It ain't pretty being easy... (soopageek) wrote,
It ain't pretty being easy...

  • Music:

loaded like a freight train, flying like an aeroplane

I'm listening to Appetite For Destruction at deafening levels like God intended.

I didn't buy that fifth of whiskey that you gave me, so I'm not quick to disagree

Courtesy of ruxxell , I may not have to have dentures when I finally get around to getting my teeth fixed. Stem cell research has lead to scientists figuring out a way to grow teeth! The cost is not expected to be more than the current cost for fixed dentures. Amazing. They expect to have the technology ready to test on humans within two years. This is really, really good news.

This raises an intereting question in my mind, however. If we can grow teeth, what else can we grow? Hearts? Lungs? Kidneys? Young skin to replace aging skin? Can you see where I'm going with this? With the exception of the brain for obvious reasons (unless we can learn how to do memory transfers), the eventual replacement of any body part my someday be possible. For years we have been extending to life of human beings, but now we may be able to also extend its quality. Barring dementia and other mental illness that develops occurs with aging, it may someday be possible to extend natural human life indefinitely. Heart going bad? Just grow a new one. Maybe even do it pre-emptively: re-grow a new heart every 20 years just to be safe. For us smokers, we can just replace one lung in an alternatingfashion every 10 years.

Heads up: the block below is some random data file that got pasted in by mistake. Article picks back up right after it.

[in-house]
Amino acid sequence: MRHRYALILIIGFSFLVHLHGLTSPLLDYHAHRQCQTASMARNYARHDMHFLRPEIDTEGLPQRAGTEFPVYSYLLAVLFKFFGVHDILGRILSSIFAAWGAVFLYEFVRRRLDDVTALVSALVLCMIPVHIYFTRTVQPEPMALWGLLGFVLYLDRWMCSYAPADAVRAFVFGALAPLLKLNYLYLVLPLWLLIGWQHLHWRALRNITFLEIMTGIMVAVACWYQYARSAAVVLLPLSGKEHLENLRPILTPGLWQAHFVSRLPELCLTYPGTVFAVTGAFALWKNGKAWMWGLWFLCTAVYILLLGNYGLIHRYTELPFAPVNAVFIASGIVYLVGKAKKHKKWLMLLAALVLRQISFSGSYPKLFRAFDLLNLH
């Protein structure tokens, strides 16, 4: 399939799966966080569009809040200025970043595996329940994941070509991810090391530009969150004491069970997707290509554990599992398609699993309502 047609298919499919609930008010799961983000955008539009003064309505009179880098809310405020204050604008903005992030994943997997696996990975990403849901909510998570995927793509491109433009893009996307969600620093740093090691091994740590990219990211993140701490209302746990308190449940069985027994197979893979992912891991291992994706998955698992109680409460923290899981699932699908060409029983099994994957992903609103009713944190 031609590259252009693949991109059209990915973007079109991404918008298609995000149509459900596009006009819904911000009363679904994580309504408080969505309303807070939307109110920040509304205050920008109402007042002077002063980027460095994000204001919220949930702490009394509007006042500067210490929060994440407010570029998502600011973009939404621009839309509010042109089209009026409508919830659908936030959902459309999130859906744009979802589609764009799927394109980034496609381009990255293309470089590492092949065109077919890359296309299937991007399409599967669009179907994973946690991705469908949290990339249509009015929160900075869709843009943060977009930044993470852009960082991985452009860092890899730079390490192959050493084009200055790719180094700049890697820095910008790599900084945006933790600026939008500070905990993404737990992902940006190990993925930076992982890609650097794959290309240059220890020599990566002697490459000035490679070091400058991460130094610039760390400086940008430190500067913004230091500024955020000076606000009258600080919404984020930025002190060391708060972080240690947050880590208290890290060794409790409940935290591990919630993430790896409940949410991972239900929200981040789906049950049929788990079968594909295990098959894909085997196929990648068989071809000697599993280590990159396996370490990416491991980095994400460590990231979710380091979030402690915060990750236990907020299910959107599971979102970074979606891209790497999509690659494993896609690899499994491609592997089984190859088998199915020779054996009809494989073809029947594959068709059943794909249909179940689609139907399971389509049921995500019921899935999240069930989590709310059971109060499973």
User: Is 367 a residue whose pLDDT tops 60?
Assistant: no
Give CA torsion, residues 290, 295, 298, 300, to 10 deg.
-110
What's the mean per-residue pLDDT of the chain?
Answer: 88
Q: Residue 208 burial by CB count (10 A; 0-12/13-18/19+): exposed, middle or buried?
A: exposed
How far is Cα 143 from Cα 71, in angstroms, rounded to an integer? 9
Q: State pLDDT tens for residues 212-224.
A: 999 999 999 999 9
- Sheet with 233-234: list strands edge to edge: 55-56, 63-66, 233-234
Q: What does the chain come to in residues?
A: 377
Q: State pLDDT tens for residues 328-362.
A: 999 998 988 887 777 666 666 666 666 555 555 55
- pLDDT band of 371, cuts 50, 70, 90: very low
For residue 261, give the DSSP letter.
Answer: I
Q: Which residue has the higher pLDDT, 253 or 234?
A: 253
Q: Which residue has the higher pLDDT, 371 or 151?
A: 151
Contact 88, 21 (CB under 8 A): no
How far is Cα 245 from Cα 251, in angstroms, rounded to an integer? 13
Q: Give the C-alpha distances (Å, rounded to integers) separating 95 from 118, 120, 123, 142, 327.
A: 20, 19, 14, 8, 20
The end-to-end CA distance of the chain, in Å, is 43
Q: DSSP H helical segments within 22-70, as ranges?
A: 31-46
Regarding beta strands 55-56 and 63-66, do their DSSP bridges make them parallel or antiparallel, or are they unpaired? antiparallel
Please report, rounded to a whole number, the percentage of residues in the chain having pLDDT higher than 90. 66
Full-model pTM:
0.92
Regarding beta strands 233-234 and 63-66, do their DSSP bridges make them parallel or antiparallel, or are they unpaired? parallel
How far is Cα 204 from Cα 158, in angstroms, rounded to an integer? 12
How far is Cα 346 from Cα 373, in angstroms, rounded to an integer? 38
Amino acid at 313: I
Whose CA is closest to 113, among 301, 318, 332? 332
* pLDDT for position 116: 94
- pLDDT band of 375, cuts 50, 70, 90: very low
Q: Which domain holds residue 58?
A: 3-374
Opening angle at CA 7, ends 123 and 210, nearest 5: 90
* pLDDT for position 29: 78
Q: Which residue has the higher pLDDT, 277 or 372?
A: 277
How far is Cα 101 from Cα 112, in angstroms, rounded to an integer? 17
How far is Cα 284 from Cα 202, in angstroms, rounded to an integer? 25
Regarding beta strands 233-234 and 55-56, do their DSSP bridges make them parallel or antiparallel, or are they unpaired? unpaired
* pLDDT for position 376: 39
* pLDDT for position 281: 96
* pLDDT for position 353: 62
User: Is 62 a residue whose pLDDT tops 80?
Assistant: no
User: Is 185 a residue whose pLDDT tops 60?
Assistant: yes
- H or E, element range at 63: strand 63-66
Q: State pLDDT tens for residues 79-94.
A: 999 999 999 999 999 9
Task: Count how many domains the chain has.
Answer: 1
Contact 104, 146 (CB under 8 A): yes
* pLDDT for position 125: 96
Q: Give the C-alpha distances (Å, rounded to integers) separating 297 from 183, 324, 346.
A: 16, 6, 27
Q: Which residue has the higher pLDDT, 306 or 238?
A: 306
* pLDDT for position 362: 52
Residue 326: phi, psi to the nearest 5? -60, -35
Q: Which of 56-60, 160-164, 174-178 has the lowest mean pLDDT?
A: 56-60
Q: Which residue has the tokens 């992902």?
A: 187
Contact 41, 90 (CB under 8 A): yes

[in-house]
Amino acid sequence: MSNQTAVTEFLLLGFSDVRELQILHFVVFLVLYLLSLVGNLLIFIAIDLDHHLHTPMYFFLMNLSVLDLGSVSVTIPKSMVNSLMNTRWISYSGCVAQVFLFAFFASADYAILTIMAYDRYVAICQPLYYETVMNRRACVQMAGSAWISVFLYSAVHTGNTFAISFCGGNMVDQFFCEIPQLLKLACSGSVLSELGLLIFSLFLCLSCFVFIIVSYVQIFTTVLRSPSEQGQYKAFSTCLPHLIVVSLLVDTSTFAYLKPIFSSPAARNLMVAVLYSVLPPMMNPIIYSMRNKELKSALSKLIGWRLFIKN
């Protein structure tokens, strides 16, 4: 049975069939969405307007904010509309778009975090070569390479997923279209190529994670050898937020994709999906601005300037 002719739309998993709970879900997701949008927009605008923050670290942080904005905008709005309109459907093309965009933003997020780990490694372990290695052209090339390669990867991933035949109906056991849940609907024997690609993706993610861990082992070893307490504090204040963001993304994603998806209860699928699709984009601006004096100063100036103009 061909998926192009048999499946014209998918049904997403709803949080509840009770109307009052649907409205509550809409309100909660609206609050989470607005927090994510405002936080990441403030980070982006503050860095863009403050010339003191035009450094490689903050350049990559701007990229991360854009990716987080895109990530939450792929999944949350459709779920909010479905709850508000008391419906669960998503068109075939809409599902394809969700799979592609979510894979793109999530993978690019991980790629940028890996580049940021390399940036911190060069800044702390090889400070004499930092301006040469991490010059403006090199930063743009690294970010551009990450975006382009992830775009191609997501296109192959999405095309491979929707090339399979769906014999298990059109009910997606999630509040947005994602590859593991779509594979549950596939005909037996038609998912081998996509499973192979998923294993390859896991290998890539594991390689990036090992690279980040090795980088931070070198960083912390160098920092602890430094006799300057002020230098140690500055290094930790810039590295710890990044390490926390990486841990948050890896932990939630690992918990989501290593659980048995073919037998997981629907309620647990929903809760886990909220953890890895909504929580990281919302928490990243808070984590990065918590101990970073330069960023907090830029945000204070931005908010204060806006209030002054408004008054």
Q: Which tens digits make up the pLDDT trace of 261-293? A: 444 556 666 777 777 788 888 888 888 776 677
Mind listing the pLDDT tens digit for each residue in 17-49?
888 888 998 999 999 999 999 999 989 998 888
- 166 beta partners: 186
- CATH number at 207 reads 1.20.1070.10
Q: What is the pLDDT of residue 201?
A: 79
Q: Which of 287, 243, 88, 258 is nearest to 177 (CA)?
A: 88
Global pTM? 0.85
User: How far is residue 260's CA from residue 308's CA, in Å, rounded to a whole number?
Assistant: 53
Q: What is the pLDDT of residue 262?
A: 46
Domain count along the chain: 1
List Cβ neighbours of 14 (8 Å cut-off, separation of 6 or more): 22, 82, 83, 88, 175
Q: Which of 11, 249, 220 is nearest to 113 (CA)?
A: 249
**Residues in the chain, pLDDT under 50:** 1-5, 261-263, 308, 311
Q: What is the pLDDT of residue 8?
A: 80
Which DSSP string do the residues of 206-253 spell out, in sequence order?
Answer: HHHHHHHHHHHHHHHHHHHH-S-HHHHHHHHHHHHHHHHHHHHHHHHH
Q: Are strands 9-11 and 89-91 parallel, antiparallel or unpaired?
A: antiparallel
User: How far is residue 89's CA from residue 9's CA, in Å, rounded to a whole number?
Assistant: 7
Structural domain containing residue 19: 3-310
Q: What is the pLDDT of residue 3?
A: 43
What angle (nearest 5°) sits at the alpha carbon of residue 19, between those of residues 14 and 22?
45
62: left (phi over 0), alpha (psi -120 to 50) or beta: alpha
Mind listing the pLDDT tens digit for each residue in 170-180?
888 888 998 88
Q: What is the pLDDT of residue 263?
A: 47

Strapped in the chair of the city's gas chamber. Why I'm here I can't quite remember.

So the question becomes, should we? Or an even deeper question, would you want to live until some freak accident killed you and not "natural" causes? Obviously there would be lots of other issues to consider like over-population vs. reproductive control vs. whether we can ever populate other planets other than this one: the future is certainly not static. But on the simple level of extending your life indefinitely, presuming a good quality of life could be maintained, would you want to? I've always stated I don't want to live to be more than 70, just because I don't want that poor quality of life that accompanies really old people. But if the quality of life could be raised and maintained to, say, somewhere in the current level of health and well-being of a 40-45 year old, well, hell yeah, sign me up.

There are few moments in rock and roll more satisfying than the bridge/outro in "Rocket Queen".

I see you standing, standing on your own
It's such a lonely place for you, for you to be
If you need a shoulder or if you need a friend
I'll be here standing until the bitter end
No one needs the sorrow
No one needs the pain
I hate to see you walking out there, out in the rain

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